+JMJ+As for this interesting stalemate . . .I just have to know: did you arrange the apples and the chessmen yourself, or did you happen to find them like that?
Sadly, I had to arrange them. I just grabbed whatever was at hand to draw, and didn't spend much time setting it up.I wish my surroundings were as romantic as to have fruits and chess pieces casually co-mingling, but alas, it just isn't so. :)
+JMJ+Coming back to it now, I see my favourite part about it is the poor, prone knight. I can't help thinking that it was knocked over by that audacious apple next to it. All the subtle strategies of the art of war have proven no match for a piece of fruit that follows its own rules.And now the pawn, the bishop and the king are scared . . . very scared.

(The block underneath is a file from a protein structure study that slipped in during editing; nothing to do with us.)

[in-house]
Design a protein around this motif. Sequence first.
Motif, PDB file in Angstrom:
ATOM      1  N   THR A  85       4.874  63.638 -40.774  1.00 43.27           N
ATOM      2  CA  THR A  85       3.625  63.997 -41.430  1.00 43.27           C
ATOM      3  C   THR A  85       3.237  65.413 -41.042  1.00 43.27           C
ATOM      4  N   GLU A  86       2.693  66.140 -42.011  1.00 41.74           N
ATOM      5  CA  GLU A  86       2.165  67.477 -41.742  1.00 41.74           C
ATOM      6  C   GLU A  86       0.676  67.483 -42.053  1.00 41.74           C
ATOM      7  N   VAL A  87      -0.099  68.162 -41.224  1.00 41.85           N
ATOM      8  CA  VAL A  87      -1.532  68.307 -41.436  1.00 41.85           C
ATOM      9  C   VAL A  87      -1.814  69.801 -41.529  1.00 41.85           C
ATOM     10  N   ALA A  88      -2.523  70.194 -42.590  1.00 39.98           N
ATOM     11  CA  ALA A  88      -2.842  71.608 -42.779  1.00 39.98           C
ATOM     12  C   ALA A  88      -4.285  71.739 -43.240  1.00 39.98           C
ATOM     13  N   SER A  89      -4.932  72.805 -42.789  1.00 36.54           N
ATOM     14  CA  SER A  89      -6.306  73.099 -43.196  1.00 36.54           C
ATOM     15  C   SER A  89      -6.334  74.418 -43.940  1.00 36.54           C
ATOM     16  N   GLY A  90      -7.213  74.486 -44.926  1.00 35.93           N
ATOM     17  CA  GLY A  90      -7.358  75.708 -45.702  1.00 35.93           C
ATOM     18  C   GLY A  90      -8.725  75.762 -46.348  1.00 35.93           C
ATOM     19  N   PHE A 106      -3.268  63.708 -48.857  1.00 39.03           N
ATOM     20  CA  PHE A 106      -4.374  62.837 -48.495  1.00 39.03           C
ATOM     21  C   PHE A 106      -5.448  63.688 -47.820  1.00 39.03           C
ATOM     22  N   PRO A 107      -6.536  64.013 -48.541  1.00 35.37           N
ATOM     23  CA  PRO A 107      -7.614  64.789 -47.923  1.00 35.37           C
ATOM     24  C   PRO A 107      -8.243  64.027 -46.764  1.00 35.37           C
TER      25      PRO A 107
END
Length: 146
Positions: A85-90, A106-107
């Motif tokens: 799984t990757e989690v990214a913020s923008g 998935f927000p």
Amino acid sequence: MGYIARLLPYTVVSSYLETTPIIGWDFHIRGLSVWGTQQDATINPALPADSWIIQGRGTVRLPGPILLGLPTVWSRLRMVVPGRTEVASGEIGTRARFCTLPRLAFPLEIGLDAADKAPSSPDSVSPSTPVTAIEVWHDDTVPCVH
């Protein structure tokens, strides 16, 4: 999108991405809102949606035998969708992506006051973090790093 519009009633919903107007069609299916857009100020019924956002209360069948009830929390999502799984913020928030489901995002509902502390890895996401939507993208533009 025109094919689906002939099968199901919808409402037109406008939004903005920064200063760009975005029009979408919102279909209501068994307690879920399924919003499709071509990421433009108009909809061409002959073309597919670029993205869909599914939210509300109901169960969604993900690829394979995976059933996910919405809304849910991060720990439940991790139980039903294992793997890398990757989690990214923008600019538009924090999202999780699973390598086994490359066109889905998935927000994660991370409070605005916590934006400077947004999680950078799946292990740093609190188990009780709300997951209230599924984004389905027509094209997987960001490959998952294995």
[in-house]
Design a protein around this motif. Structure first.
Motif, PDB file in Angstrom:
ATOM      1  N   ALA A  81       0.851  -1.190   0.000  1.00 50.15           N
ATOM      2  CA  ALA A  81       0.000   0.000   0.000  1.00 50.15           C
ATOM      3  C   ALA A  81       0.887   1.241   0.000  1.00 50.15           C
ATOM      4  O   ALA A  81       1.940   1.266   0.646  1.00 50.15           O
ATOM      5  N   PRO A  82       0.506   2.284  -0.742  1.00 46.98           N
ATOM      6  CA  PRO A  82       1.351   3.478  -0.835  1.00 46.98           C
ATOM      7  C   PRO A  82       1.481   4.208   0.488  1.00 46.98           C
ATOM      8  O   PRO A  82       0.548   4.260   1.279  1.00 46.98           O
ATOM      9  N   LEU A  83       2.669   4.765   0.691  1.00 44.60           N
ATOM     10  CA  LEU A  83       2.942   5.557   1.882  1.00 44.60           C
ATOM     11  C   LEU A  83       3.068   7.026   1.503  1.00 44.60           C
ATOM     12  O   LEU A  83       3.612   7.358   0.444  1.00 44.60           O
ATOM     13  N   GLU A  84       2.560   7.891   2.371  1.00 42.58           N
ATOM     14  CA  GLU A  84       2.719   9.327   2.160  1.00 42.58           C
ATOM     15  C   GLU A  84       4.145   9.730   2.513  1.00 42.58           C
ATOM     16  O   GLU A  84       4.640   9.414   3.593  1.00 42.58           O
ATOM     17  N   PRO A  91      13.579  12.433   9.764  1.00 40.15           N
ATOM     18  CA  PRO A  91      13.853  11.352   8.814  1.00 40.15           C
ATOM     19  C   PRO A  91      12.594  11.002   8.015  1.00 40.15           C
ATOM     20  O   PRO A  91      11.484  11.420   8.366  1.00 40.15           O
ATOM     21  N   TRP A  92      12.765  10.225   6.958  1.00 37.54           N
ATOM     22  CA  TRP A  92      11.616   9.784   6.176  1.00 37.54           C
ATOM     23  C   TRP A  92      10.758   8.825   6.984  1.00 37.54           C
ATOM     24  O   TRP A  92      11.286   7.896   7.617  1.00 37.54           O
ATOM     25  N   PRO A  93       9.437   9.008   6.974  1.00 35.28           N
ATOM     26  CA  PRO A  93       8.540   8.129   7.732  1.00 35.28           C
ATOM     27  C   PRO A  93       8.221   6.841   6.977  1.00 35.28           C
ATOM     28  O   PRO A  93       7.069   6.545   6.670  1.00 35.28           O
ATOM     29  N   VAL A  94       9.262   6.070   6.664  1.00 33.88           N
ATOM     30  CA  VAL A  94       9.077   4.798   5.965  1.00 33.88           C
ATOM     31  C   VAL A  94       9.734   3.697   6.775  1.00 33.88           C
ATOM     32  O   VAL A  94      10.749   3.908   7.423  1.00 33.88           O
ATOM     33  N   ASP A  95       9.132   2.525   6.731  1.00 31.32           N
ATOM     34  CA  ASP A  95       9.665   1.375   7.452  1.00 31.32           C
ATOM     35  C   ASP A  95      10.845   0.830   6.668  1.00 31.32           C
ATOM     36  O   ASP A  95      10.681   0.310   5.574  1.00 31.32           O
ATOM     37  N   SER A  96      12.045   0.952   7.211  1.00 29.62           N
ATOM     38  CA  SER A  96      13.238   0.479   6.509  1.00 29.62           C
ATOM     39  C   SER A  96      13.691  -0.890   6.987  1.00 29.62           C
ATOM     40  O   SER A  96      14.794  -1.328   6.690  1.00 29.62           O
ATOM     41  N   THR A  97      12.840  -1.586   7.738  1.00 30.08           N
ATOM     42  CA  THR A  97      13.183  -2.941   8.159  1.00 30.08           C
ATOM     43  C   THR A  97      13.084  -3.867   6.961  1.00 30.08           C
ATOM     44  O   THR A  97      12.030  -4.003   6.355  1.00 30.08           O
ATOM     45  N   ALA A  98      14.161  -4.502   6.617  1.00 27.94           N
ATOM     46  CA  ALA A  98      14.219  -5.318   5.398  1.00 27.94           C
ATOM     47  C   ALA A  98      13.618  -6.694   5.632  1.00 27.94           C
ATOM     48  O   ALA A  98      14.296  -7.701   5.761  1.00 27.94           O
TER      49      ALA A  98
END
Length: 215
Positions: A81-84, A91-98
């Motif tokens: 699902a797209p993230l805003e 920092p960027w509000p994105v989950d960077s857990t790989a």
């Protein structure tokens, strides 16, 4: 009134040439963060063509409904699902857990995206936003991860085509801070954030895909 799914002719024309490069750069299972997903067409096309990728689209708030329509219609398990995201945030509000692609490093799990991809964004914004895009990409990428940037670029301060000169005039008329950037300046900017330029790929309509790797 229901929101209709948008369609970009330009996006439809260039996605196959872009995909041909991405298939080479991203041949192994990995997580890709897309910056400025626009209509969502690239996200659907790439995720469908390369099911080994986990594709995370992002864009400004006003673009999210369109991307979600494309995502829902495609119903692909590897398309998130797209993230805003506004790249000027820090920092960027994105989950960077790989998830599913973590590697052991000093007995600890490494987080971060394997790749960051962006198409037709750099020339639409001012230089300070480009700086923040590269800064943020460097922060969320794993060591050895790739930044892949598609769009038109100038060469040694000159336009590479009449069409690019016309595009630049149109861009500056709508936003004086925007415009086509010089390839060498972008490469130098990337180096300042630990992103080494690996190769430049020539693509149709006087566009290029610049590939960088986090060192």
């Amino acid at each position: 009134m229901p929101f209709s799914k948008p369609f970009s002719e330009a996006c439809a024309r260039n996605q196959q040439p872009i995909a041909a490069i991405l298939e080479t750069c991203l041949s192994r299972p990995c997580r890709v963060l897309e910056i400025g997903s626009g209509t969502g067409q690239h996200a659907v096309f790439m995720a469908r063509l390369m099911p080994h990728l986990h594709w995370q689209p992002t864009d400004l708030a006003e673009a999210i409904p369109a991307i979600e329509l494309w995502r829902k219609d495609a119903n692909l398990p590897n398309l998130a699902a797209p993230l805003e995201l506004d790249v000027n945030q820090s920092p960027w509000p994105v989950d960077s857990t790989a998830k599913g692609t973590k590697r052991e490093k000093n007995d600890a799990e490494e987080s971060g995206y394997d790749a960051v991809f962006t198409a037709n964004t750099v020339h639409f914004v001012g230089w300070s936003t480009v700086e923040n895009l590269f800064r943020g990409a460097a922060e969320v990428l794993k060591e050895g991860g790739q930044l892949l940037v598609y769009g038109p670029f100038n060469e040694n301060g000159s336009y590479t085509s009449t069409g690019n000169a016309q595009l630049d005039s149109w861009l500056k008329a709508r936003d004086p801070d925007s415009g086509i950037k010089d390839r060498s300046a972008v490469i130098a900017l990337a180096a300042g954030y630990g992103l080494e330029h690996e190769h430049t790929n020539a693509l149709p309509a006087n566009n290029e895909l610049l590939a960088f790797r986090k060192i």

That's my favourite part too. (It's also my favourite chess piece when actually playing chess.) I also felt that the apple had something to do with it!"All the subtle strategies of the art of war have proven no match for a piece of fruit that follows its own rules."You've drawn out a depth that now has me thinking. My drawing could have been better in delineating the pieces though: the pawn is a rook and the bishop is a queen. Also the actual chess pieces I drew from do not have strong characteristics, thus the translation in drawing becomes ambiguous.Oh, they *are* scared. What will be the outcome? I'm seeing all sorts of themes...
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